In The Firing Line
The game of golf has many facets and employs many professionals, notwithstanding the professionals to be found within the ranks of the Tour or the PGA. Not least among them, and arguably the most important, is the course manager or head greenkeeper. He or she provides the playing surface upon which the golfer, be it club member or professional, plays to the best of his or her ability.
As such he or she has to be highly skilled and in this day and age a well-educated individual, environmentally aware, able to interpret and implement current legislation as well as meet the most exacting demands from club members whose expectations are fuelled by TV golf, often portrayed as the 'Augusta Syndrome'.
Yet it is a proven fact that these key individuals generally enjoy very little employment security and are often sacked on the whim of a club captain or chairman of green. Not all greenkeepers are blameless and cases must be examined on merit, but there is undoubtedly an alarming trend within many golf clubs to react to situations which are not of the greenkeeper's making and often of a temporary nature. Golf clubs often demand ideal playing conditions with little regard to the resources necessary or indeed to our intemperate climate. A bad round of golf by a club official can often lead to unwarranted recriminations in the light of the alleged condition of the course.
It never ceases to amaze that professionals from all walks of life take up positions on golf club committees and then proceed to run wild when confronted with problems on the golf course. They then take decisions clearly contrary to working practices within their own professions. The perceived culprit is the course manager or head greenkeeper and, irrespective of employment law, dismissal can quickly follow. Surprise, surprise, the individual takes legal advice and golf clubs often face meeting large compensation sums.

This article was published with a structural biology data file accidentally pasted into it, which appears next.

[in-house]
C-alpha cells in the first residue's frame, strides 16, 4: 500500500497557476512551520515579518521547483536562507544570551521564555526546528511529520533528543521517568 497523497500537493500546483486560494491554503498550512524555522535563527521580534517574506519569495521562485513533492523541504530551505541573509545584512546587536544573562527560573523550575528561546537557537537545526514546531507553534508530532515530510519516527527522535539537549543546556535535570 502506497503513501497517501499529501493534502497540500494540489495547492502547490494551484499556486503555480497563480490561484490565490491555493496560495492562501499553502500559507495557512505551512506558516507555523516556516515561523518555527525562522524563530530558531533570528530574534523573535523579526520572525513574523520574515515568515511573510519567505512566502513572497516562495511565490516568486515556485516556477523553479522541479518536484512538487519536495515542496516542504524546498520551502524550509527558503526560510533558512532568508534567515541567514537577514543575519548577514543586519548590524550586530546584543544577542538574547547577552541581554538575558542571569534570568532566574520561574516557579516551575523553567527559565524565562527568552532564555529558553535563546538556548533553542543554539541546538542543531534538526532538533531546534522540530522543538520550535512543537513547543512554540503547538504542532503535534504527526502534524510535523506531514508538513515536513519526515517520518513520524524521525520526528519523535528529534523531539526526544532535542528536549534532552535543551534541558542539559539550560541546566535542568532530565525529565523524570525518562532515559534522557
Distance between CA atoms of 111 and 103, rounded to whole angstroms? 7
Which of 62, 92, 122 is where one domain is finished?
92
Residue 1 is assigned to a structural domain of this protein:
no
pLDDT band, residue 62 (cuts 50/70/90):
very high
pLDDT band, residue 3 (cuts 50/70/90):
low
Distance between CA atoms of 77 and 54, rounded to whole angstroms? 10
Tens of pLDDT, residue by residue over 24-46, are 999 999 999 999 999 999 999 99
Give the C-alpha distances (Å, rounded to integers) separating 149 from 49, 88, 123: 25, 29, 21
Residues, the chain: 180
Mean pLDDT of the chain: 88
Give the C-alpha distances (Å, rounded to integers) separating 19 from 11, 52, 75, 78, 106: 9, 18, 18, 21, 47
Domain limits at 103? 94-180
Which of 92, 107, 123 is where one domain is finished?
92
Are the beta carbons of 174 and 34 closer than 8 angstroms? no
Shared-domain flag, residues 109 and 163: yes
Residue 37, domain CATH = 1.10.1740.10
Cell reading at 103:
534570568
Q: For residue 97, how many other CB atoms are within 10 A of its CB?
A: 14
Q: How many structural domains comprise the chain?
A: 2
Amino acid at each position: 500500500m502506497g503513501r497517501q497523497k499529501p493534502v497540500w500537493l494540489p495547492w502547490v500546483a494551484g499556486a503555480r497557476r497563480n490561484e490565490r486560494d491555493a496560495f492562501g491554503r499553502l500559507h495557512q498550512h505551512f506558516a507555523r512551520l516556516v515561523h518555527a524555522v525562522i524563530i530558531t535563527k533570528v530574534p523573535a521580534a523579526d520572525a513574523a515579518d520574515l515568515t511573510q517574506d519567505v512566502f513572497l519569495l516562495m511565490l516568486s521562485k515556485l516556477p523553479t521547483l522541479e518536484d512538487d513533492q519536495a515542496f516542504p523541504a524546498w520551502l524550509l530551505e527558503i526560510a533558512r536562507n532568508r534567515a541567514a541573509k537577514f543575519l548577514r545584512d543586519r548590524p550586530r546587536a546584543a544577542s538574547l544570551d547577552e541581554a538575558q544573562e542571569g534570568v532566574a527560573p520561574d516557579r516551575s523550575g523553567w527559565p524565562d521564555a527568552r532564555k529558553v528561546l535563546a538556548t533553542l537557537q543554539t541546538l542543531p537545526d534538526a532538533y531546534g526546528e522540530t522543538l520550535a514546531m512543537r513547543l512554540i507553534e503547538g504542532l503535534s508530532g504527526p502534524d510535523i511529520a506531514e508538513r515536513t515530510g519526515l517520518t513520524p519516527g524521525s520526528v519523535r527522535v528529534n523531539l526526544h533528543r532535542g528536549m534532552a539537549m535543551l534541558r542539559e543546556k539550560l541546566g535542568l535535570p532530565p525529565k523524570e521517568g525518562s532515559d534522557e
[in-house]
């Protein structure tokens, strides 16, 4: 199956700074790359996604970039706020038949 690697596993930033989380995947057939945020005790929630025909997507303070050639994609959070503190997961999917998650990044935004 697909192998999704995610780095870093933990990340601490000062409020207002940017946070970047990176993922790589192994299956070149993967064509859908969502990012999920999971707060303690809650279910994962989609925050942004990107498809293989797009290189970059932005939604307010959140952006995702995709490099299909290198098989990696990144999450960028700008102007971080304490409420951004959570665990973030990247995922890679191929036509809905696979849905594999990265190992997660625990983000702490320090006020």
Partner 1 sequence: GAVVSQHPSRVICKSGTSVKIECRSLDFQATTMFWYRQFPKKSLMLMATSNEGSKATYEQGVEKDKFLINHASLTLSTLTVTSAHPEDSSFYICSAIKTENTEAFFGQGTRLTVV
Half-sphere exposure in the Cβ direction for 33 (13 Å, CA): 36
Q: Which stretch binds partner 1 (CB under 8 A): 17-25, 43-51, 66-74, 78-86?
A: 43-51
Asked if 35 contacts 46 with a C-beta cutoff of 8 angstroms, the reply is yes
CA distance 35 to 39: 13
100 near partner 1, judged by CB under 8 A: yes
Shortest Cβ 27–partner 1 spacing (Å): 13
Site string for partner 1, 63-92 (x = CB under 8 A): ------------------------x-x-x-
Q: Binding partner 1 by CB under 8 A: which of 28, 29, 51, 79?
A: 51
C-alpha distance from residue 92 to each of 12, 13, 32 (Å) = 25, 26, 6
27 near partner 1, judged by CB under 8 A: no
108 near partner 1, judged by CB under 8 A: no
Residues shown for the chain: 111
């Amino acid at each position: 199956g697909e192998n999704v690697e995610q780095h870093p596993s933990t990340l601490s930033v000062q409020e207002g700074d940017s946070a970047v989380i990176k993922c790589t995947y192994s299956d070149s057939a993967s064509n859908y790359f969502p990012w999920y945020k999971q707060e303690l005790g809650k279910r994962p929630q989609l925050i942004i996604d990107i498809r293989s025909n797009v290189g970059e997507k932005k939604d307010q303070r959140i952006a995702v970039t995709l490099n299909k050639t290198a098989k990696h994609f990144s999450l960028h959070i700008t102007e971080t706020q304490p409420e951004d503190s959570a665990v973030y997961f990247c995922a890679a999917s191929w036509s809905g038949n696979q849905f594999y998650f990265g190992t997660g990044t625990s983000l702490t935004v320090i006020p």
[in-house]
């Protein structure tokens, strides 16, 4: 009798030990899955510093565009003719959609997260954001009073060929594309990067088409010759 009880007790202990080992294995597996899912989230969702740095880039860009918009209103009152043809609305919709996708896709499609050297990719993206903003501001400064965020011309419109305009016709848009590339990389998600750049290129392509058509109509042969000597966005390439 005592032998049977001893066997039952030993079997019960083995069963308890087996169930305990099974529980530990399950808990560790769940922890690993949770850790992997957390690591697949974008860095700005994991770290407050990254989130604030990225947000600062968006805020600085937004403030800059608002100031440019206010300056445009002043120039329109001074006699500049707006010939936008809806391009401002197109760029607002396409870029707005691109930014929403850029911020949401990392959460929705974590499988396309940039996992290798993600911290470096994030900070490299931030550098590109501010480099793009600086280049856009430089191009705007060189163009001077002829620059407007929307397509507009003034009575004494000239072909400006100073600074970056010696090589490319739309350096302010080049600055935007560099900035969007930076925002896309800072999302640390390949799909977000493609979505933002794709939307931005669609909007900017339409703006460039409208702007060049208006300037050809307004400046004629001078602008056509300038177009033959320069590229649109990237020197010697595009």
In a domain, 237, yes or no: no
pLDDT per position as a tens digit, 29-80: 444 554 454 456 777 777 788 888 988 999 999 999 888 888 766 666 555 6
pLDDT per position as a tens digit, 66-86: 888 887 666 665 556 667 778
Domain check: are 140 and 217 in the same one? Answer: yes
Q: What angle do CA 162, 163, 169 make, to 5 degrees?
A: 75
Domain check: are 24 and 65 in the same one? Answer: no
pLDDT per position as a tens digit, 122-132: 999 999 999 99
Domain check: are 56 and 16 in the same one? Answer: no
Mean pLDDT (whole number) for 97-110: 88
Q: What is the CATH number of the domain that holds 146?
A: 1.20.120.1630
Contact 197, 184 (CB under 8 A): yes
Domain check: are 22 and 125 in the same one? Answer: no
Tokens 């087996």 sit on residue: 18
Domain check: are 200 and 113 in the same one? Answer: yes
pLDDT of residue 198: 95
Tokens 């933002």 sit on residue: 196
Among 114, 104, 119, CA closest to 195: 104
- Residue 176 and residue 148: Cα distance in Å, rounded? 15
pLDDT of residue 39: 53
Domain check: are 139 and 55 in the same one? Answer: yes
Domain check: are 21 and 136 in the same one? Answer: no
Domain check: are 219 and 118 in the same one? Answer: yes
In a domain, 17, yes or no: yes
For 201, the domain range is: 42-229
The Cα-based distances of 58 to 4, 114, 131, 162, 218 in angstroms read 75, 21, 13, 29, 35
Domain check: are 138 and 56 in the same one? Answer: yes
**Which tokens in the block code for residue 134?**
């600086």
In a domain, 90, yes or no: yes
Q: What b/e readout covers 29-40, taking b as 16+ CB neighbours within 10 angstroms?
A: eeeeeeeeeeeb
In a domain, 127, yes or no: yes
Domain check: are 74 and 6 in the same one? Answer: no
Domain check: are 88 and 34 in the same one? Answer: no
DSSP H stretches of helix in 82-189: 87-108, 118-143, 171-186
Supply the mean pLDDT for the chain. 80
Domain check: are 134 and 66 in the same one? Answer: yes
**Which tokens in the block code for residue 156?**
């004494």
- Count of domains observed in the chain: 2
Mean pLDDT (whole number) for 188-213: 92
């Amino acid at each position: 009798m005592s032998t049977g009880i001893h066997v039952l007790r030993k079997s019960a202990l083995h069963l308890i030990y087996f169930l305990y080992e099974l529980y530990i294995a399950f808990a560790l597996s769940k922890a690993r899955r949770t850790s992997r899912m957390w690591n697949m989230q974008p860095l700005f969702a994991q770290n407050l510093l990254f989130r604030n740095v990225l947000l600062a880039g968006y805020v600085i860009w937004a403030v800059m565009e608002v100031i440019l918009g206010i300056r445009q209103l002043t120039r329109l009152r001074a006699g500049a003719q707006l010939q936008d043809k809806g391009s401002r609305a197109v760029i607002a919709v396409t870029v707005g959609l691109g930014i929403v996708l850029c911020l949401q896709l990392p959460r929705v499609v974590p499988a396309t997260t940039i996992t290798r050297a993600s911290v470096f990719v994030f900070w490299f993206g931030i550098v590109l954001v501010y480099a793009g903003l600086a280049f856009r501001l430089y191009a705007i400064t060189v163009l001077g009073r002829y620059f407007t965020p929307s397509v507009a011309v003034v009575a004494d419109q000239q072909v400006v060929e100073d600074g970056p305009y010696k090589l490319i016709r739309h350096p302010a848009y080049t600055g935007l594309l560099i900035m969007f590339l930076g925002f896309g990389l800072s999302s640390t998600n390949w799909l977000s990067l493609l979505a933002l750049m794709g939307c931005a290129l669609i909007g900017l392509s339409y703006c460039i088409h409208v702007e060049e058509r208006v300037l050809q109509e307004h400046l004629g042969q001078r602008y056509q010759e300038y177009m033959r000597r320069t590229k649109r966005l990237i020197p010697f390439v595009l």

Derek Green, a former course manager at a club in Aberdeenshire, was made redundant by a chairman of green who announced on his arrival that he would dictate policy while Derek would manage the team. "He even told me that he saw no need for qualified greenkeepers to be working on the course," said Derek.
Derek was initially asked to take a 17.5 per cent pay cut, then five months after the arrival of the new chairman of green, he was made redundant.
He took the club to an industrial tribunal and as it was demonstrated that there had been no attempt to restructure other areas of the golf club and that Derek's redundancy had not resulted in a reduction of the wage bill, he was awarded £18,000 in compensation.
"When I was there the three man greenkeeping team had a combined 37 years of experience. This was replaced by a team with seven years of experience, but for the same overall wage bill," revealed Derek.
"I'd like to see the role of the chairman of green properly defined by the governing bodies of the game. The ideal is someone who works well with the greenkeeping team and acts as a link between them and the club membership, but you can also get some who just try to take over. That can't be right."